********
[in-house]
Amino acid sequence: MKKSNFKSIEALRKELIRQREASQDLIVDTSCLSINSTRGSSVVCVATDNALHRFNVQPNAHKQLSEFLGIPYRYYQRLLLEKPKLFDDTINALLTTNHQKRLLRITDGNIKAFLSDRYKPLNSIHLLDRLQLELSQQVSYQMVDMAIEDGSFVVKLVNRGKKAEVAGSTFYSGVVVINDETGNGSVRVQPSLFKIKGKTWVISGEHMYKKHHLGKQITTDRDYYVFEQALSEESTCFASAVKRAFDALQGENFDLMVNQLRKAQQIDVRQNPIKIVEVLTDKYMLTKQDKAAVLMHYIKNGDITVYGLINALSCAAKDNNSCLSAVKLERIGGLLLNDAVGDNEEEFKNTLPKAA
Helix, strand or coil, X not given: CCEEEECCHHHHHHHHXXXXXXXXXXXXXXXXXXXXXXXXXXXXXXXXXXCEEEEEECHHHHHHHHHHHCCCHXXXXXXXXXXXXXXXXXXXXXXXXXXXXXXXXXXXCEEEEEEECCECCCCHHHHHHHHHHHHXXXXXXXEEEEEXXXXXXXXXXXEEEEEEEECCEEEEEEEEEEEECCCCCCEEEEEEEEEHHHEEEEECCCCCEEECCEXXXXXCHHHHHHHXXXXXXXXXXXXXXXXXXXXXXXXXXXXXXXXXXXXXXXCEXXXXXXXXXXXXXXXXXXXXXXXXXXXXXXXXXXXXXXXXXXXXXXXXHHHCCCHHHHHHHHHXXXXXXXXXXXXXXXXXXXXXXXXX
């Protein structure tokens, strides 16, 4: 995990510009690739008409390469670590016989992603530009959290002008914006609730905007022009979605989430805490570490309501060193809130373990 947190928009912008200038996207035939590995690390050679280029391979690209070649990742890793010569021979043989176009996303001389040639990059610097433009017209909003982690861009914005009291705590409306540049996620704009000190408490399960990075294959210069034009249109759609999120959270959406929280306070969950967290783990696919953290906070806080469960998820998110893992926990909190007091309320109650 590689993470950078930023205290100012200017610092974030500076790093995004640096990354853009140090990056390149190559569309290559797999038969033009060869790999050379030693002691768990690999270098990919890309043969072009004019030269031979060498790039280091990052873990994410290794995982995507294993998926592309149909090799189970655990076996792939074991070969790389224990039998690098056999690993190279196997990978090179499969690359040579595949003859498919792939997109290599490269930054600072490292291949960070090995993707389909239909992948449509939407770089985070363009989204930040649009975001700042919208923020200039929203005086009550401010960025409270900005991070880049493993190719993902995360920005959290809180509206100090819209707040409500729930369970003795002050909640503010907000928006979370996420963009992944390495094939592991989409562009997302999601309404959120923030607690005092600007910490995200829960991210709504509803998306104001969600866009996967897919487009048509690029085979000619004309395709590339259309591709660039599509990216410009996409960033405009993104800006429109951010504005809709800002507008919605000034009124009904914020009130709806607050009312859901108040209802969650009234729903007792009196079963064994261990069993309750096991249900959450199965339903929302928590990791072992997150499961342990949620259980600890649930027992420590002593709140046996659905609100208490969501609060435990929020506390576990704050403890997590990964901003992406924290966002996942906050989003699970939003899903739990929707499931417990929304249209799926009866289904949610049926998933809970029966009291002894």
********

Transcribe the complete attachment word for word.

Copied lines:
[in-house]
Amino acid sequence: MKKSNFKSIEALRKELIRQREASQDLIVDTSCLSINSTRGSSVVCVATDNALHRFNVQPNAHKQLSEFLGIPYRYYQRLLLEKPKLFDDTINALLTTNHQKRLLRITDGNIKAFLSDRYKPLNSIHLLDRLQLELSQQVSYQMVDMAIEDGSFVVKLVNRGKKAEVAGSTFYSGVVVINDETGNGSVRVQPSLFKIKGKTWVISGEHMYKKHHLGKQITTDRDYYVFEQALSEESTCFASAVKRAFDALQGENFDLMVNQLRKAQQIDVRQNPIKIVEVLTDKYMLTKQDKAAVLMHYIKNGDITVYGLINALSCAAKDNNSCLSAVKLERIGGLLLNDAVGDNEEEFKNTLPKAA
Helix, strand or coil, X not given: CCEEEECCHHHHHHHHXXXXXXXXXXXXXXXXXXXXXXXXXXXXXXXXXXCEEEEEECHHHHHHHHHHHCCCHXXXXXXXXXXXXXXXXXXXXXXXXXXXXXXXXXXXCEEEEEEECCECCCCHHHHHHHHHHHHXXXXXXXEEEEEXXXXXXXXXXXEEEEEEEECCEEEEEEEEEEEECCCCCCEEEEEEEEEHHHEEEEECCCCCEEECCEXXXXXCHHHHHHHXXXXXXXXXXXXXXXXXXXXXXXXXXXXXXXXXXXXXXXCEXXXXXXXXXXXXXXXXXXXXXXXXXXXXXXXXXXXXXXXXXXXXXXXXHHHCCCHHHHHHHHHXXXXXXXXXXXXXXXXXXXXXXXXX
């Protein structure tokens, strides 16, 4: 995990510009690739008409390469670590016989992603530009959290002008914006609730905007022009979605989430805490570490309501060193809130373990 947190928009912008200038996207035939590995690390050679280029391979690209070649990742890793010569021979043989176009996303001389040639990059610097433009017209909003982690861009914005009291705590409306540049996620704009000190408490399960990075294959210069034009249109759609999120959270959406929280306070969950967290783990696919953290906070806080469960998820998110893992926990909190007091309320109650 590689993470950078930023205290100012200017610092974030500076790093995004640096990354853009140090990056390149190559569309290559797999038969033009060869790999050379030693002691768990690999270098990919890309043969072009004019030269031979060498790039280091990052873990994410290794995982995507294993998926592309149909090799189970655990076996792939074991070969790389224990039998690098056999690993190279196997990978090179499969690359040579595949003859498919792939997109290599490269930054600072490292291949960070090995993707389909239909992948449509939407770089985070363009989204930040649009975001700042919208923020200039929203005086009550401010960025409270900005991070880049493993190719993902995360920005959290809180509206100090819209707040409500729930369970003795002050909640503010907000928006979370996420963009992944390495094939592991989409562009997302999601309404959120923030607690005092600007910490995200829960991210709504509803998306104001969600866009996967897919487009048509690029085979000619004309395709590339259309591709660039599509990216410009996409960033405009993104800006429109951010504005809709800002507008919605000034009124009904914020009130709806607050009312859901108040209802969650009234729903007792009196079963064994261990069993309750096991249900959450199965339903929302928590990791072992997150499961342990949620259980600890649930027992420590002593709140046996659905609100208490969501609060435990929020506390576990704050403890997590990964901003992406924290966002996942906050989003699970939003899903739990929707499931417990929304249209799926009866289904949610049926998933809970029966009291002894």